From the fourteenth through the sixteenth centuries in Spain, health-related information in the vernacular began to circulate widely in treatises, compendiums, manuals, plague tracts, summaries, encyclopedias, and recipe collections. These were often the work of concerned physicians who attempted to refashion medical information to appeal to nonprofessionals. In Fictions of Well-Being Michael Solomon explores the shaping of this audience of sickly readers, highly motivated individuals who, when confronted with the painful, disruptive, and often alienating conditions of physical disorder, looked for relief in books.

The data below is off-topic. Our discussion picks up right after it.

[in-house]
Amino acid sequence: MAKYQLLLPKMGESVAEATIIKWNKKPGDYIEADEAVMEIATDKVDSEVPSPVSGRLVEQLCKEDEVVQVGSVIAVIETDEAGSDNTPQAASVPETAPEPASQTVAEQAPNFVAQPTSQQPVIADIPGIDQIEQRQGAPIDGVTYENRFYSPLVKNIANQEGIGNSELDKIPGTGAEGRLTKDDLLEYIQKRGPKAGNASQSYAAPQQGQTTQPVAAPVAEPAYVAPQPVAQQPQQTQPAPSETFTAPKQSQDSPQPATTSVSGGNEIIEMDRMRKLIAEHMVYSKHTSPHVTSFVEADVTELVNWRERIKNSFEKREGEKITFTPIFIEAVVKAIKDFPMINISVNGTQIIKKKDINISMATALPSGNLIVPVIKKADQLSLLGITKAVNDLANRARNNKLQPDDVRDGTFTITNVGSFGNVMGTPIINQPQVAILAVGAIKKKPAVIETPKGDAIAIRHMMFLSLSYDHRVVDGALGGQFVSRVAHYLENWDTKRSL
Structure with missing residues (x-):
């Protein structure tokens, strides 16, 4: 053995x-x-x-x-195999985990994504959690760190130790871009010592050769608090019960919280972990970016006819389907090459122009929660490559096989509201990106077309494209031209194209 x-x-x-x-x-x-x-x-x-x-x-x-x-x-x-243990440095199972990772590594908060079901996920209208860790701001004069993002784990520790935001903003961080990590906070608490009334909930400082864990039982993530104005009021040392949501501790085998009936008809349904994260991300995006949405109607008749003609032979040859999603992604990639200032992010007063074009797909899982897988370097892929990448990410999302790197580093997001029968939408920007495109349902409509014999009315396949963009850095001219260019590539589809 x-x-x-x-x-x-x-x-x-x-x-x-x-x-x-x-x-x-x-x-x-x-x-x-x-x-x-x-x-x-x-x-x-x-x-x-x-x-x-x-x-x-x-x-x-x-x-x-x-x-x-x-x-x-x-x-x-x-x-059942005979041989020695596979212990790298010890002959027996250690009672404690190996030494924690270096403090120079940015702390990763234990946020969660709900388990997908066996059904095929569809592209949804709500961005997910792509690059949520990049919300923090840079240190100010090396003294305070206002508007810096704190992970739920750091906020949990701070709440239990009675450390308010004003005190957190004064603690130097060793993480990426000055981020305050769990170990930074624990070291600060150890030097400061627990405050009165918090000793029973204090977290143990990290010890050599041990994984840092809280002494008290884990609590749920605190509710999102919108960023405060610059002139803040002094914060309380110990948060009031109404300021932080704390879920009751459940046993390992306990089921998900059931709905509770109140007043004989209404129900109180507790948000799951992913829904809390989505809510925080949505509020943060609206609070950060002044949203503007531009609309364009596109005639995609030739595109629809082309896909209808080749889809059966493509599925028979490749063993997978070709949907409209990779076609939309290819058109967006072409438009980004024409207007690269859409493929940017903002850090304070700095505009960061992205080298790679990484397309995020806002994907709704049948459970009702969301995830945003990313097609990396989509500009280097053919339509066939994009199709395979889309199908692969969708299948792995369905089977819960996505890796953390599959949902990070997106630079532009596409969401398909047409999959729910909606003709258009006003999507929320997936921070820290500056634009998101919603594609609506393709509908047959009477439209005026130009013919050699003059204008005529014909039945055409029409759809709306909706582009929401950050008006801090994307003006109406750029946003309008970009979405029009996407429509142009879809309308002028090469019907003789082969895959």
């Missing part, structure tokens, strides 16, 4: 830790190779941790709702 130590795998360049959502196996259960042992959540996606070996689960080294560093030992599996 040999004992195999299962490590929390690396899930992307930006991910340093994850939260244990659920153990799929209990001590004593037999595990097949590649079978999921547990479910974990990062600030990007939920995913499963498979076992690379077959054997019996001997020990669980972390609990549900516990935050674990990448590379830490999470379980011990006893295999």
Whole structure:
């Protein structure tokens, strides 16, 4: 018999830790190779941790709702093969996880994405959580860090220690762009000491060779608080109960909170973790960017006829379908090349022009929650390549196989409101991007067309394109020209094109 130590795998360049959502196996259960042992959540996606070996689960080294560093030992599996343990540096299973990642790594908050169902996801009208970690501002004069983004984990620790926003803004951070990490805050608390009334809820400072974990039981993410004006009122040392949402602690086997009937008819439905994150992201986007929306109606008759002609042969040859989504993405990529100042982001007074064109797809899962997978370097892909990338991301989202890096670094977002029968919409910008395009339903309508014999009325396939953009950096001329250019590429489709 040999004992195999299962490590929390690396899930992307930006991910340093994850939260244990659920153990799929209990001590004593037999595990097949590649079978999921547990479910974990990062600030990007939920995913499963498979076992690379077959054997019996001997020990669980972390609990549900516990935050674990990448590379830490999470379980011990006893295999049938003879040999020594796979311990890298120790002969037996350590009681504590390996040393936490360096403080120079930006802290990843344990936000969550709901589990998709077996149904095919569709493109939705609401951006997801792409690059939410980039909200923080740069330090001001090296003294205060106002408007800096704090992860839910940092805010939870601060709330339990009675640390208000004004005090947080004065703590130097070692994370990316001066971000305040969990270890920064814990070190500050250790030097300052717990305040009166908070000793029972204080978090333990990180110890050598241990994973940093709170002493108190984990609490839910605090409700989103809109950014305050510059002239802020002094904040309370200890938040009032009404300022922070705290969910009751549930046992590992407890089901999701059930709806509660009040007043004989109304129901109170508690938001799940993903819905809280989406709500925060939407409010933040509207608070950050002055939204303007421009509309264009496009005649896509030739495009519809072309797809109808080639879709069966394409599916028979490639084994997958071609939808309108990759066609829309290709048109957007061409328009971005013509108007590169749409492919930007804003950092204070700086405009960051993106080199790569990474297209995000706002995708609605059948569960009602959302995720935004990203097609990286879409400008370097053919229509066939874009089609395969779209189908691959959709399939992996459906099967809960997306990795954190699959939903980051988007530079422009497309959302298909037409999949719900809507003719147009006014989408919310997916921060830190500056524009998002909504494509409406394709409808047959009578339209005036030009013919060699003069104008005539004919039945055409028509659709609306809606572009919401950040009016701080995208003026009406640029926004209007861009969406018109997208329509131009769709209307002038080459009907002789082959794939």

Vernacular medical writing from late medieval and early modern Spain emerged from the interrelated imperatives to address the immediate or future hygienic and pathological needs of the patient while promoting the reputation and learned credentials of the physician. For sickly readers, a medical treatise was more than just a collection of technical information; such a work implied that they could do with a medical text what the physician normally did at the bedside. In their imagination, the treatise became a type of palpable instrument that encouraged the reader to take advantage of its possible use and benefits. In these fictions of well-being, we may see the antecedents of the self-help and popular medical books so prominent on today's best-seller lists.